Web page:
Whether you’ve just bought your first home or just haven’t been called upon to do any DIY in the past, then you’re forgiven for not knowing the basics. However, there are some things that you will need to be able to do in the future. Did you know you can actually devalue your house with poor DIY. Make sure you get up to scratch with the fundamentals:
1. Get Your Equipment Together –
A bad workman blames his tools, as the old adage goes, but if you don’t have the tools to begin with, you’re even worse off! Older relatives will be absolutely delighted to advise you and might even give you some spares. You’ll need: claw hammer, flathead and Phillips screwdrivers, tape measure, wrench, pliers, cordless drill and bits, crosscut saw and spirit level.
2. Preparation is Key –
Even the professionals need to look up how to do certain jobs. Make sure that you have it clear in your head what it is you need to do and have the right tools for the job. Invest in a good DIY manual or take advantage of step by step videos on YouTube.
3. How to Take Measurements –
Taking measurements is vital, but so easy to get wrong. The first thing to remember is to always write down each measurement. It might be easier to draw whatever it is you’re measuring and to write the dimensions onto each part of the drawing. Remember: “Measure twice, cut once”
4. Flat Packed Furniture –
If you can work out how to construct flat-packed furniture, you will soon learn to be able to make your own woodwork items – for instance a shelf or a cabinet. It’s all about reading the instructions on things properly; you’ll soon learn the ways that items fit together.
5. Charge the drill after each use –
That’s just one of the things you need to do in order to maintain your tools. Another great piece of advice is to put your paint brushes in to soak after you use them. This way each time you go to do some DIY you don’t have to go out and buy all new tools or wait for them to charge.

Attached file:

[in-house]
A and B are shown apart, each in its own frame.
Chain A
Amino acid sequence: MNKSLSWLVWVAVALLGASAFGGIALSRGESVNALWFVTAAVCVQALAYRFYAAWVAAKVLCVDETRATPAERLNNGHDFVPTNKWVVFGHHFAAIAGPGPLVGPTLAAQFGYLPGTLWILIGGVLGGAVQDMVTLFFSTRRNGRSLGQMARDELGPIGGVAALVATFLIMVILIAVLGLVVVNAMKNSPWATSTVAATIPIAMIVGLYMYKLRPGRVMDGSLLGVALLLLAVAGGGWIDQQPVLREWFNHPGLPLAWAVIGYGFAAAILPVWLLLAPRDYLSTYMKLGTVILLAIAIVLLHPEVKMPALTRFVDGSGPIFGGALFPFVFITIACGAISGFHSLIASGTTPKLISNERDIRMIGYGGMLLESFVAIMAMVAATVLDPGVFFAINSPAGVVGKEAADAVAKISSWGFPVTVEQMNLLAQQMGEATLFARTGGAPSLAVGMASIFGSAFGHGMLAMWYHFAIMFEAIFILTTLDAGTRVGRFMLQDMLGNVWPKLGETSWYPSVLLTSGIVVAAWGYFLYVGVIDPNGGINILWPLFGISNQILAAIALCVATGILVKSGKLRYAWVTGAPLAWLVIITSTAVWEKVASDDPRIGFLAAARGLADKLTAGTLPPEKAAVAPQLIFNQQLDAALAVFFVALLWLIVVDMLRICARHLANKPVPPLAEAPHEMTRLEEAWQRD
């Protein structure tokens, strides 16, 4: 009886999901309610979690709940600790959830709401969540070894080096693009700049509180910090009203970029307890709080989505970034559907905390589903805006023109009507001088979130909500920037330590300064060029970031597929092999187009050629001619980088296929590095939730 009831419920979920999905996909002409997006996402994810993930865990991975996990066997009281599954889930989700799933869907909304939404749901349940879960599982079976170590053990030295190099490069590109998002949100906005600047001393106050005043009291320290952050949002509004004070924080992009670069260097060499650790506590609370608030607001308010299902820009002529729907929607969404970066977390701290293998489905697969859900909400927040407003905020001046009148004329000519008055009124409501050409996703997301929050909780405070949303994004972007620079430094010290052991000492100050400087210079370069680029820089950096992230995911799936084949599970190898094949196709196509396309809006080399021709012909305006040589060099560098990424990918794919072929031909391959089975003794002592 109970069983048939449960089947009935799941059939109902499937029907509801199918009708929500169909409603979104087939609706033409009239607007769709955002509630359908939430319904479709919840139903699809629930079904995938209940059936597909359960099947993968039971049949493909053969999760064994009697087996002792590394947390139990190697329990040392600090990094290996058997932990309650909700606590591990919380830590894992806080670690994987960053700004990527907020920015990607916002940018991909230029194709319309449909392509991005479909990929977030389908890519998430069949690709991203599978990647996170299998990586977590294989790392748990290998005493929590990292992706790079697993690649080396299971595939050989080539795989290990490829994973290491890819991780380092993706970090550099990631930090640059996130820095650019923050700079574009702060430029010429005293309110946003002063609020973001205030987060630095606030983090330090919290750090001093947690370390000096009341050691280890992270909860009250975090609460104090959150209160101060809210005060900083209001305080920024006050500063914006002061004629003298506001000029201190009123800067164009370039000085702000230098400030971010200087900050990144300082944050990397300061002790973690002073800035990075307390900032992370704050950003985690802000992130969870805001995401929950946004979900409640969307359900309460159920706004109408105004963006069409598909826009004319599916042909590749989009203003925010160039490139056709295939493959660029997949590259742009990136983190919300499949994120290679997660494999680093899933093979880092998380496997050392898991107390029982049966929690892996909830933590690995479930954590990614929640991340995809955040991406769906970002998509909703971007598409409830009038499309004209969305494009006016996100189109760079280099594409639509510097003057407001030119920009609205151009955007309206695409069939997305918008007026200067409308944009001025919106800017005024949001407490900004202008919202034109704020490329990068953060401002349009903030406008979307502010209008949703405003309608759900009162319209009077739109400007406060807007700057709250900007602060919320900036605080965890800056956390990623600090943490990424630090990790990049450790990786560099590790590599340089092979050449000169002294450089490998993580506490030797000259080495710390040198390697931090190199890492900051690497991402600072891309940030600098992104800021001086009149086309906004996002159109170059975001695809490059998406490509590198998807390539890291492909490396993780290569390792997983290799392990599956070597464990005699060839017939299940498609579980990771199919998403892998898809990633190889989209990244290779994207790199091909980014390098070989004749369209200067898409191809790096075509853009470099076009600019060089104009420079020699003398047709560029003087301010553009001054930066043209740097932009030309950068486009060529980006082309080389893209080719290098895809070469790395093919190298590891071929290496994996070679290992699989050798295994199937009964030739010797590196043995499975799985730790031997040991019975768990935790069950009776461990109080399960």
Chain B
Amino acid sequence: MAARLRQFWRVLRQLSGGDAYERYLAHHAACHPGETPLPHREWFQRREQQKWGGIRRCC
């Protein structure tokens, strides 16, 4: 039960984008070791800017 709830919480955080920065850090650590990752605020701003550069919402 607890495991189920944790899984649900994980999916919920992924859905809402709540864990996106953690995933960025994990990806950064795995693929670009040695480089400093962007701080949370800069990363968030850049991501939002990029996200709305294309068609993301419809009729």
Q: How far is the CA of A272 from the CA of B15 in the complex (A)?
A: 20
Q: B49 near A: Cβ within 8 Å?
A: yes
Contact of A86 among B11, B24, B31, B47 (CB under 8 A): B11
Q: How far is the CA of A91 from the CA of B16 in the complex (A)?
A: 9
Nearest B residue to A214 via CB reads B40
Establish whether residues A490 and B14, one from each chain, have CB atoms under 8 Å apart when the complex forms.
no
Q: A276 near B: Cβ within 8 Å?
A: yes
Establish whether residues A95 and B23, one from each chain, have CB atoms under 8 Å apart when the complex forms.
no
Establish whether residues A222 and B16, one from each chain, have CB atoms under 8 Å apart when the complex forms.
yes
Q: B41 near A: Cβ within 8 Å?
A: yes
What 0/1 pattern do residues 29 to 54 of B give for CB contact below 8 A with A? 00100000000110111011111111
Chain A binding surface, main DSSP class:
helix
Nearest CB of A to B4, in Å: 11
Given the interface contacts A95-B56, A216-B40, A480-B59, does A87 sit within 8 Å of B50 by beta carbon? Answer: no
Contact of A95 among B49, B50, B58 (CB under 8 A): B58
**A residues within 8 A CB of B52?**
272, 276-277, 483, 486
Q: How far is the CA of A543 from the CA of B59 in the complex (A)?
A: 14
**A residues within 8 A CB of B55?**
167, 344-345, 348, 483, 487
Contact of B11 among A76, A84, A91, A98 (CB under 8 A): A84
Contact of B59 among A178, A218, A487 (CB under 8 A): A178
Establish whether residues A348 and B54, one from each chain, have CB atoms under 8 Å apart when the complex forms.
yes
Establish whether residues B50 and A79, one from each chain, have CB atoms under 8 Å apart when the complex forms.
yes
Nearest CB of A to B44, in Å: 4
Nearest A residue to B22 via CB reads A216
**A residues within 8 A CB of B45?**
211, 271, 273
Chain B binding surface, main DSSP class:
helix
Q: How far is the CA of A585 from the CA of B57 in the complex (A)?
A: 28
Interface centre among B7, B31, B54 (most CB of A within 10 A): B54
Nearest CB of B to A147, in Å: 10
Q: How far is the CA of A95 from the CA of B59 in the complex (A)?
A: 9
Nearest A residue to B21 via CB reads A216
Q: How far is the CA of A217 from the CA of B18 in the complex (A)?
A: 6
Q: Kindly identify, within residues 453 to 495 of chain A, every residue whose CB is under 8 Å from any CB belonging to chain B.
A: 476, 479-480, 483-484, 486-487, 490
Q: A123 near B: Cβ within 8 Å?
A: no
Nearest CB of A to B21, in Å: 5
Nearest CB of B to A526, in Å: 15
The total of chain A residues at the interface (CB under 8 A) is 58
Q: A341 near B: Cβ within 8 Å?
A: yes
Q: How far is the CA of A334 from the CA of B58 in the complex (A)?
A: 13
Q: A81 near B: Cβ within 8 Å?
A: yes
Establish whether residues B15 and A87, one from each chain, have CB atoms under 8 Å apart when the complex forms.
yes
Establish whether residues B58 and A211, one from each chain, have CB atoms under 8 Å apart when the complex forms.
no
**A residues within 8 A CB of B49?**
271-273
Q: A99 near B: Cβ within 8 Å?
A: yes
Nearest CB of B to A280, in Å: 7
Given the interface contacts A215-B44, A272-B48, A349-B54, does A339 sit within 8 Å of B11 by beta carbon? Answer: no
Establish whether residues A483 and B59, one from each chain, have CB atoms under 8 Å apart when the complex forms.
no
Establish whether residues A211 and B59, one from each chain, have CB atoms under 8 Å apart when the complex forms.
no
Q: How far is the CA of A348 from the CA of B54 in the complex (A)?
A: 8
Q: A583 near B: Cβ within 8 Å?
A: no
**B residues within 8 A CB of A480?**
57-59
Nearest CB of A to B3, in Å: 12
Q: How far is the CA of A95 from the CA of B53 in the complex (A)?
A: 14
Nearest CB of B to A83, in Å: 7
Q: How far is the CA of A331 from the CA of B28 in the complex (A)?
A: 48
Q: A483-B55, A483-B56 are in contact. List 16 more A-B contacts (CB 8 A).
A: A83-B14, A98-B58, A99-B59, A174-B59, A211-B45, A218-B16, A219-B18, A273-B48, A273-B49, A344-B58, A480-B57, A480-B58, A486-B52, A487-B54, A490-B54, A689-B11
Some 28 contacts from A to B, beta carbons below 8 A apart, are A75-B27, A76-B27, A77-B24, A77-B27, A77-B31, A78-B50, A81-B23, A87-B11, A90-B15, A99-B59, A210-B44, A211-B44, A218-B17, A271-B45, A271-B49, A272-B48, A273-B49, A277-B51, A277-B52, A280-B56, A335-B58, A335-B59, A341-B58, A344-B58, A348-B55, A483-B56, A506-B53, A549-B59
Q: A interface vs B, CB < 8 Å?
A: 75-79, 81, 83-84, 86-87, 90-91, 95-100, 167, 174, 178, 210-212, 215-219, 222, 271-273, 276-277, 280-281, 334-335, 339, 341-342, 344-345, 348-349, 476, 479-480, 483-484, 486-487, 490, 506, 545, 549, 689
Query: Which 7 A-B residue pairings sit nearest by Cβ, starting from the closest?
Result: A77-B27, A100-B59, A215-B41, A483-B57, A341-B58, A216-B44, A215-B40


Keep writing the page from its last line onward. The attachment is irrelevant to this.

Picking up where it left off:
6. Patch It Up –
One of the most important skills to have at home is the ability to patch things up as you go. Even if you don’t have the talent needed for a huge repair job, being able to fix a hole in the wall or floor will save some money until you are able to pay for proper repairs.
7. Stay Safe –
The number of DIY-related accidents each year is astonishing. Always use goggles and masks (especially when using MDF as the dust produced is highly dangerous). Use the guards on power tools; use work gloves to guard against splinters and to get a good grip whilst moving stuff.
8. Dust Sheets –
Whenever you start a DIY project, think ‘Dust Sheets’ and that should remind you to protect the surrounding areas. You should use masking tape when painting to guard against drips. It’s just good practice to clear up the area to the same or better standard as you found it.
9. Learn Your House –
Knowing where the stopcock is in your house, or the fuse box, will save you time and money when something goes wrong. A leak in the house can be easily remedied by switching the water to the house off immediately, this will stem the water flow and help limit damage.
10. Leave it to the Professionals –
There are some jobs that should be left to the professionals, and some that are legally required to be carried out by registered experts. You are allowed to do DIY electrical and plumbing work, but this may need to be certified, but when it comes to gas, it’s strictly hands off unless you’re Corgi-registered.